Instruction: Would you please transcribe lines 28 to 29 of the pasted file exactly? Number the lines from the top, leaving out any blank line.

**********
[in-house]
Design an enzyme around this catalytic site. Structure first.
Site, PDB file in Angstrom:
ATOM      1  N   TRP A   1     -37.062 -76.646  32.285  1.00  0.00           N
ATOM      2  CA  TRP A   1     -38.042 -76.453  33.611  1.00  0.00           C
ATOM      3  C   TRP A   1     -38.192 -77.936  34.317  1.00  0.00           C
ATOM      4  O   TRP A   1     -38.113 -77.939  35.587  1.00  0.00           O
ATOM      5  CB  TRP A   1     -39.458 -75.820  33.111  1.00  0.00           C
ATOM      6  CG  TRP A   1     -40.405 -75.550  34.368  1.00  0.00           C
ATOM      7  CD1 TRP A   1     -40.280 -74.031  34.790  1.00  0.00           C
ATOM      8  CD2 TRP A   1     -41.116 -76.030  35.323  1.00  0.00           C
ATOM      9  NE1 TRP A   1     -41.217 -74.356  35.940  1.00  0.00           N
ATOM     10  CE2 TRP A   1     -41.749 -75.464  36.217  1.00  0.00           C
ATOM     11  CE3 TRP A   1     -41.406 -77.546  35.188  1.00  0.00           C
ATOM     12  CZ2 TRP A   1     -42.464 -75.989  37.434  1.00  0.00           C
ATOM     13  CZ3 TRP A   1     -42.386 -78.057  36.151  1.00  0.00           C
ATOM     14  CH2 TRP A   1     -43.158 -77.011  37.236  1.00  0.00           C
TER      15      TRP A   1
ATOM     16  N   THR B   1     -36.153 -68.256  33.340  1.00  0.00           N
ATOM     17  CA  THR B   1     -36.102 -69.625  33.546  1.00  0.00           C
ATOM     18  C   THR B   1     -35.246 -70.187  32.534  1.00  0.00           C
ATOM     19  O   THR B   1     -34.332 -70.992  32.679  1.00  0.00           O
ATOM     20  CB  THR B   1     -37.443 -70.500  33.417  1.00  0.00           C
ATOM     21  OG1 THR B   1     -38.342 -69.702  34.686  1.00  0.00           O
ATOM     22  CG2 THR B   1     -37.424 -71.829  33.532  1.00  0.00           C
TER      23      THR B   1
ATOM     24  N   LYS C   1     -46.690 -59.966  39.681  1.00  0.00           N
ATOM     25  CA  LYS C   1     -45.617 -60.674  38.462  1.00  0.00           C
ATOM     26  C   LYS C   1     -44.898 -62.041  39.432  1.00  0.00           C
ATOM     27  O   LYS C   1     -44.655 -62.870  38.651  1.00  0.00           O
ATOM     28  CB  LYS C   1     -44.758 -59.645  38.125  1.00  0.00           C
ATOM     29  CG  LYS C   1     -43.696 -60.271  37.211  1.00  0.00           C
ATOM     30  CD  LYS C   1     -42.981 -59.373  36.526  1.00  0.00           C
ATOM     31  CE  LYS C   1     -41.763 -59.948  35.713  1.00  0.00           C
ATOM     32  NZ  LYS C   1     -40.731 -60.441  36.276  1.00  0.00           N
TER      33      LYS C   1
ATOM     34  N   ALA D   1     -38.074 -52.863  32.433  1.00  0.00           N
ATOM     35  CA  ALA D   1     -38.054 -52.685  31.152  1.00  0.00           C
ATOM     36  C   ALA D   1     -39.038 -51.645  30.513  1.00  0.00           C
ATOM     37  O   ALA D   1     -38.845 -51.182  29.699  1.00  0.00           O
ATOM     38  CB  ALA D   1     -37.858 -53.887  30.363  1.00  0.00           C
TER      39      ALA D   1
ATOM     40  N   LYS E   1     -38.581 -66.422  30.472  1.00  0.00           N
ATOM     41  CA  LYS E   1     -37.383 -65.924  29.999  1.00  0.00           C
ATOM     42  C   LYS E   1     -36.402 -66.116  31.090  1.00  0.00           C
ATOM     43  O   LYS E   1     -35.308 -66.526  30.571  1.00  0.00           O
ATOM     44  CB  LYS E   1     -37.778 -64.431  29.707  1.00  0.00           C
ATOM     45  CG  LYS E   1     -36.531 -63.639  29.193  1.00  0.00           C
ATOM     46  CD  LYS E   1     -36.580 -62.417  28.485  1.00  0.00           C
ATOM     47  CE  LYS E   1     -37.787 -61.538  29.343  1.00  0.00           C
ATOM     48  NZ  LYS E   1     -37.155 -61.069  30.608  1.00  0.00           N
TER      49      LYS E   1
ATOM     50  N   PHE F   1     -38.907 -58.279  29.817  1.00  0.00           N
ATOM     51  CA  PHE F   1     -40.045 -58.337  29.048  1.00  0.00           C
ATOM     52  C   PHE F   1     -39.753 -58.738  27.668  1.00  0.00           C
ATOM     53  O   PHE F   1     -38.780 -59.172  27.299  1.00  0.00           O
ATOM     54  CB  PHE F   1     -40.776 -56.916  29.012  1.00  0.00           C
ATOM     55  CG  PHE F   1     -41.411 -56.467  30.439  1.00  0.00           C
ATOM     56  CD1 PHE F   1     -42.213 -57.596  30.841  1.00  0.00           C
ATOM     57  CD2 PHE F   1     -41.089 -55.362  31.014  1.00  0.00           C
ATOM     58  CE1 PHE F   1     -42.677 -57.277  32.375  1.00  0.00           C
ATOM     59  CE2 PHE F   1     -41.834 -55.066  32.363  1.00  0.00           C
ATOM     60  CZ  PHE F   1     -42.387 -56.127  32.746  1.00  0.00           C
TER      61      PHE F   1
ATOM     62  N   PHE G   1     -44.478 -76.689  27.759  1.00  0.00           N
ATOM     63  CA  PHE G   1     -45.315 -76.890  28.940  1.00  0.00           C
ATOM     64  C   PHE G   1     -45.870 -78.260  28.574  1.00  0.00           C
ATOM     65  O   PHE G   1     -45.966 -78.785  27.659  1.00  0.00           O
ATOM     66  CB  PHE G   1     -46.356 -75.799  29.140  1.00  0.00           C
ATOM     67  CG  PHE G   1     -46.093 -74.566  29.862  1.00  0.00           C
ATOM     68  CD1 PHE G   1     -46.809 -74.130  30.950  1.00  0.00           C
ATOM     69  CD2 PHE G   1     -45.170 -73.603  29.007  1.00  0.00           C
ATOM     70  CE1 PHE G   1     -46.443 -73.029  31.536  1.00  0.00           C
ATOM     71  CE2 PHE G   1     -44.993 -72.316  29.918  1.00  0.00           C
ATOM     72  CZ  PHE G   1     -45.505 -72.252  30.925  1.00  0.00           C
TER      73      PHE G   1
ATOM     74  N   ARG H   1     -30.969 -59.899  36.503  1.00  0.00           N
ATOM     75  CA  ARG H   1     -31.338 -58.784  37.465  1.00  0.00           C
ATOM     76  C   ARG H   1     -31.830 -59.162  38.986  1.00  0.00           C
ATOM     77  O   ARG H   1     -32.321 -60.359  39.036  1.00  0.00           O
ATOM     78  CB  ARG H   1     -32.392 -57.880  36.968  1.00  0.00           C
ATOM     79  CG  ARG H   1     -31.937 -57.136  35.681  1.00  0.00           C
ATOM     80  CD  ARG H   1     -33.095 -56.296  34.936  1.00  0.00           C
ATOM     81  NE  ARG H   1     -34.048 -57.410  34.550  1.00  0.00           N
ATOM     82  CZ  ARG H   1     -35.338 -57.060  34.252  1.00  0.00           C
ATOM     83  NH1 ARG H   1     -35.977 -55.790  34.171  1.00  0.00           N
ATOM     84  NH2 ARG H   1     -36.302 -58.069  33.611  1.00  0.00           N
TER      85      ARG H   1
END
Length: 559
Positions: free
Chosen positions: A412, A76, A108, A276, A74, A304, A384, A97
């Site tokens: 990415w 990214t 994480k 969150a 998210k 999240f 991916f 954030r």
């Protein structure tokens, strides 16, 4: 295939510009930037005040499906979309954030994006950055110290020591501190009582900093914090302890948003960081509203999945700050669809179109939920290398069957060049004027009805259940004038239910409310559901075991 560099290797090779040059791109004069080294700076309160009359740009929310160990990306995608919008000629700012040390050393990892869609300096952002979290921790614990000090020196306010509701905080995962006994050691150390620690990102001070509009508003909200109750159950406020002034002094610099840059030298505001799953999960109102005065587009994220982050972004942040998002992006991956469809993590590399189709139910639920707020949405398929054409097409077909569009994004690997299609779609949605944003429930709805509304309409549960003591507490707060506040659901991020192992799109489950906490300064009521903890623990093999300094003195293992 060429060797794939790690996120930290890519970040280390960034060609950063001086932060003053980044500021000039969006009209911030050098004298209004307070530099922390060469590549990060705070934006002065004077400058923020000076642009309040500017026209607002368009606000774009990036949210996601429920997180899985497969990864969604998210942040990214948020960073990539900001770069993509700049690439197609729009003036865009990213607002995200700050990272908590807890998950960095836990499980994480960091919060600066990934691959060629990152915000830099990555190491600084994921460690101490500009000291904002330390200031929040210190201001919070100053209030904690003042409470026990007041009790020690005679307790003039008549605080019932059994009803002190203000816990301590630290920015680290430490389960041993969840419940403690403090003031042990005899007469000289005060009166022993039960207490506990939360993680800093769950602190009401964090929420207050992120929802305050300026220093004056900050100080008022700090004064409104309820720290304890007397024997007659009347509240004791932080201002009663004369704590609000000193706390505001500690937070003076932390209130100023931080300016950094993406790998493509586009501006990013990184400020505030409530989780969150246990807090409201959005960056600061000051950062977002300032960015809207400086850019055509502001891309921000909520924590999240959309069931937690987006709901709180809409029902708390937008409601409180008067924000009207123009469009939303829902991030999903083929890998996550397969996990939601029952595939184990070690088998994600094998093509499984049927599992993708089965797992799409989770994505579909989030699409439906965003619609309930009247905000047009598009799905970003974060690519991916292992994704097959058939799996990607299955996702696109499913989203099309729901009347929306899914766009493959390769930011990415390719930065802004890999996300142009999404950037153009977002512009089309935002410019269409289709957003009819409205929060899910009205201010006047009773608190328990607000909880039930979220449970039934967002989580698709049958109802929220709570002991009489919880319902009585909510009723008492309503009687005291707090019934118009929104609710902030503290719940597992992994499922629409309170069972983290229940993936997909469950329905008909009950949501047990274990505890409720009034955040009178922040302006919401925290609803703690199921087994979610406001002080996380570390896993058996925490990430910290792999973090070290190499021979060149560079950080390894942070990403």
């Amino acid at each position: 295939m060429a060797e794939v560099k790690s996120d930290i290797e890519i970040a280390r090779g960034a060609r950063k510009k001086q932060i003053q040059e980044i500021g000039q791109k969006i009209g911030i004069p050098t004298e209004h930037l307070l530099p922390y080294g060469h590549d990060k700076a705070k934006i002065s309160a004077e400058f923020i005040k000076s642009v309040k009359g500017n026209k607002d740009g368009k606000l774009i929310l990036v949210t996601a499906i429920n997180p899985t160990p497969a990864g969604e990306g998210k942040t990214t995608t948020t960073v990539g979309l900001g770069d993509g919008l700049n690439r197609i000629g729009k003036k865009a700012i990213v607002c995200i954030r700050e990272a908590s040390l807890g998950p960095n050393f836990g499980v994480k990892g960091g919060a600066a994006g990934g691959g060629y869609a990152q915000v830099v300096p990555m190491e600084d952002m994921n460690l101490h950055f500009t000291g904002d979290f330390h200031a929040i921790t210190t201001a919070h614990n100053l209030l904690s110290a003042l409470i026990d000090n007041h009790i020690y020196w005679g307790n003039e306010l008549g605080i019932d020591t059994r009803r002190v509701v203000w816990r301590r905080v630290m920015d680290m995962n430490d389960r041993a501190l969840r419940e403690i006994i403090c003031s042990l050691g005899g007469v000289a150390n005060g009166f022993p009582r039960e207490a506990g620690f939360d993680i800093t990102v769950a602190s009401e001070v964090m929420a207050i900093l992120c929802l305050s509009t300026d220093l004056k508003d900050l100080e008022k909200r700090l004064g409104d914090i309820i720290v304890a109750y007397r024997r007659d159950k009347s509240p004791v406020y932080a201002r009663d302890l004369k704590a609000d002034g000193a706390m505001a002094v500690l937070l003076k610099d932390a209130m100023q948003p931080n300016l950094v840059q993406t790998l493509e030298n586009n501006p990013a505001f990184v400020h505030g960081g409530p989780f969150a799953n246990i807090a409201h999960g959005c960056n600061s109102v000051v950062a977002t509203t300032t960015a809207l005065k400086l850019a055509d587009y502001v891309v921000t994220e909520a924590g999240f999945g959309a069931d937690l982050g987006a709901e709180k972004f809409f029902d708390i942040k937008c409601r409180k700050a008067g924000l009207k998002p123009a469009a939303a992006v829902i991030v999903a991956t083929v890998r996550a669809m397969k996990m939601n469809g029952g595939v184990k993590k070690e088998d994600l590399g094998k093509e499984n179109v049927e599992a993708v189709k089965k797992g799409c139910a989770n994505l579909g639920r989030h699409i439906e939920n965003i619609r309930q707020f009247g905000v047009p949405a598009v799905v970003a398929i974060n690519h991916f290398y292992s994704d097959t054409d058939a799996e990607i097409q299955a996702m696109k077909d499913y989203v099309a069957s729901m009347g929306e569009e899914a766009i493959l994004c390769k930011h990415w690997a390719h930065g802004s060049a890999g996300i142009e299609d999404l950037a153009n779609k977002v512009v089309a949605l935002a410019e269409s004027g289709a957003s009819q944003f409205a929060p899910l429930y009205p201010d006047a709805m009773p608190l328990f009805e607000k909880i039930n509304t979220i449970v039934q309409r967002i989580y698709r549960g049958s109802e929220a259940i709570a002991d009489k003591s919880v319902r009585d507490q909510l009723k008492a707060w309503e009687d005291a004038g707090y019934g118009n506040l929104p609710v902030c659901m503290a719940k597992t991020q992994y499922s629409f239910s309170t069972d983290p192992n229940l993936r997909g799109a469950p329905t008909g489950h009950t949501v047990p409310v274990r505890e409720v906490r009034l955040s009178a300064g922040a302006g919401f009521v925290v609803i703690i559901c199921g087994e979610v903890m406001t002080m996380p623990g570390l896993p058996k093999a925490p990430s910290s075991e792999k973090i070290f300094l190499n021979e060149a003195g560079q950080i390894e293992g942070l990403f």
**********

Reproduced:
ATOM     25  CA  LYS C   1     -45.617 -60.674  38.462  1.00  0.00           C
ATOM     26  C   LYS C   1     -44.898 -62.041  39.432  1.00  0.00           C